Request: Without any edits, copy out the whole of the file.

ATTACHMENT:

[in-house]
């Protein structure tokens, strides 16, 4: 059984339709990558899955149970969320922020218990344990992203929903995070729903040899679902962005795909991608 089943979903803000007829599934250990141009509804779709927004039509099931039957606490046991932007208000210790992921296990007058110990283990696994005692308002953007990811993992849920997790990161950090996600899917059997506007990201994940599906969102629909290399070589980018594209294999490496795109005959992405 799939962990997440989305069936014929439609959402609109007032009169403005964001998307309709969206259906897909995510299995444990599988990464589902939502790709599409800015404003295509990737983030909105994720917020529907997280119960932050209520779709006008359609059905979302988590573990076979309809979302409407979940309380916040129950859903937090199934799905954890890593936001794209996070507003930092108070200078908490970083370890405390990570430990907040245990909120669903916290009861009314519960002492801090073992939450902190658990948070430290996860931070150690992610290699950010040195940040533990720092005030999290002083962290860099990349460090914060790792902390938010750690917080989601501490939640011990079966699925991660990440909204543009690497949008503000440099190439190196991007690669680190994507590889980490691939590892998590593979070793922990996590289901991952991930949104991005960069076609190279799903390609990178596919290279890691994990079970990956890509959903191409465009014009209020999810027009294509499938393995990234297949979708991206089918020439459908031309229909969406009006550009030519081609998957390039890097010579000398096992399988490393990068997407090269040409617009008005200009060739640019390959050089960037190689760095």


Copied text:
[in-house]
């Protein structure tokens, strides 16, 4: 059984339709990558899955149970969320922020218990344990992203929903995070729903040899679902962005795909991608 089943979903803000007829599934250990141009509804779709927004039509099931039957606490046991932007208000210790992921296990007058110990283990696994005692308002953007990811993992849920997790990161950090996600899917059997506007990201994940599906969102629909290399070589980018594209294999490496795109005959992405 799939962990997440989305069936014929439609959402609109007032009169403005964001998307309709969206259906897909995510299995444990599988990464589902939502790709599409800015404003295509990737983030909105994720917020529907997280119960932050209520779709006008359609059905979302988590573990076979309809979302409407979940309380916040129950859903937090199934799905954890890593936001794209996070507003930092108070200078908490970083370890405390990570430990907040245990909120669903916290009861009314519960002492801090073992939450902190658990948070430290996860931070150690992610290699950010040195940040533990720092005030999290002083962290860099990349460090914060790792902390938010750690917080989601501490939640011990079966699925991660990440909204543009690497949008503000440099190439190196991007690669680190994507590889980490691939590892998590593979070793922990996590289901991952991930949104991005960069076609190279799903390609990178596919290279890691994990079970990956890509959903191409465009014009209020999810027009294509499938393995990234297949979708991206089918020439459908031309229909969406009006550009030519081609998957390039890097010579000398096992399988490393990068997407090269040409617009008005200009060739640019390959050089960037190689760095």